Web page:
·           Southern-Fried and Horrified, Ronald Kelly

·           Starve Better: Surviving the Endless Horror of the Writing Life, Nick Mamatas

·           A Writer Prepares, Lawrence Block

·           A Writer’s Tale, Richard Laymon

·           The Writing Life, Jeff Strand



Planet Havoc: A Zombicide Novel

Review copies of my forthcoming novel Planet Havoc: Zombicide Invader are available at NetGalley! I’d appreciate it if you’d give the novel a look and leave an honest review:

Speaking of reviews, early ones for Planet Havoc have been good, and Jonathan Maberry was kind enough to read an advanced copy and provide a blurb!

“PLANET HAVOC is the best of all worlds –space adventure, military SF, snarky humor, and zombies! Tim Waggoner brings the pain and all the jolts in this rollicking action horror thriller!” – Jonathan Maberry, NY Times bestselling author of the Joe Ledger thrillers and KAGEN THE DAMNED

Planet Havoc is due out in April and is available for preorder. Here’s a synopsis:

Scoundrels and soldiers band together to survive the onslaught of alien-zombies spreading across the galaxy in this riotous adventure.

A deserted R&D facility tempts the hungry new Guild, Leviathan, into sending a team to plunder its valuable research. The base was abandoned after a neighboring planet was devastated by an outbreak of Xenos – alien zombies – but that was a whole planet away... When the Guild ship is attacked by a quarantine patrol, both ships crash onto the deserted world. Only it isn’t as deserted as they hope: a murderous new Xeno threat awakens, desperate to escape the planet. Can the crews cooperate to destroy this new foe? Or will they be forced to sacrifice their ships and lives to protect the galaxy?

Amazon Paperback


 Barnes & Noble Paperback

 NOOK Book


We Will Rise

 My next horror/dark fantasynovel is due out this July from Flame Tree Press!

In Echo Hill, Ohio, the dead begin to reappear, manifesting in various forms, from classic ghosts and poltergeists, to physical undead and bizarre apparitions for which there is no name. These malign spirits attack the living, tormenting and ultimately killing them in order to add more recruits to their spectral ranks.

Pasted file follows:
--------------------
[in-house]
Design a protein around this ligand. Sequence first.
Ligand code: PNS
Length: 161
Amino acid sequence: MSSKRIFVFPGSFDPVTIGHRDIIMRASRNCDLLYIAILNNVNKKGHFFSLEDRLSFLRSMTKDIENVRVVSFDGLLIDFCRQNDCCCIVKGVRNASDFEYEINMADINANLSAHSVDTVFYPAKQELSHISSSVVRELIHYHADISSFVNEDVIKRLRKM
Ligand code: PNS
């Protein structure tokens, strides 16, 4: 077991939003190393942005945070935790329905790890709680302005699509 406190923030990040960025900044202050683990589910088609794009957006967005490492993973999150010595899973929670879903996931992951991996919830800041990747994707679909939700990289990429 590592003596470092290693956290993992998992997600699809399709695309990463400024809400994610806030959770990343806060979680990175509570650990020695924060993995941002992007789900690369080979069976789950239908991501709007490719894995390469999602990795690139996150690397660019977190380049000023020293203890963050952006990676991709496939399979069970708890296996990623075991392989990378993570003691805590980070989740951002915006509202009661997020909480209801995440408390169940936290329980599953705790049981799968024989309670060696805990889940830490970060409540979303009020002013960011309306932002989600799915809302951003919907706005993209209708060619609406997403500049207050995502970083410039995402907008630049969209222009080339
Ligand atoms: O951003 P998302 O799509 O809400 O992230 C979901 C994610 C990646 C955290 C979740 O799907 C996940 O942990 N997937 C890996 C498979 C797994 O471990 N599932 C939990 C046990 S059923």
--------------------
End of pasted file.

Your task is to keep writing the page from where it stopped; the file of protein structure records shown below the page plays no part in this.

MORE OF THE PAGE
A group of survivors come together after the initial attack, all plagued by different ghostly apparitions of their own. Can they make it out of Echo Hill alive? And if so, will they still be sane? Or will they die and join the ranks of the vengeful dead?

You can preorder the book here:

Flame Tree Press:

Amazon Paperback


Amazon Hardcover

Barnes & Noble Paperback


Barnes & Noble Hardcover


A Little Aqua Book of Marine Tales eBook

 This originally appeared in a limited hardcover edition as one of Borderland Press’ legendary Little Book series, but now it’s available in a more affordable eBook edition! It’s a collection of stories all centered around the theme of water. I almost drowned when I was nine, so water has played a significant role in much of my horror fiction over the years.





Here are the cons I’m planning on attending this year.

Stokercon. Denver, Colorado. May 12-15, 2022.

World Fantasy Convention 2022, New Orleans. Nov. 3-6, 2022.


Want to follow me on social media? Here’s where you can find me:


Twitter: @timwaggoner


Instagram: tim.waggoner.scribe


YouTube Channel:



  1. Wow. Thank you for sharing. Wishing you a fun birthday!

  2. Great advice here. I hope to implement it all myself.

    Keep blogging, and thank you for helping aspiring writers like me with pieces like this.

  3. Just picked up Writing in the Dark and I am loving it. Do you ever take on students?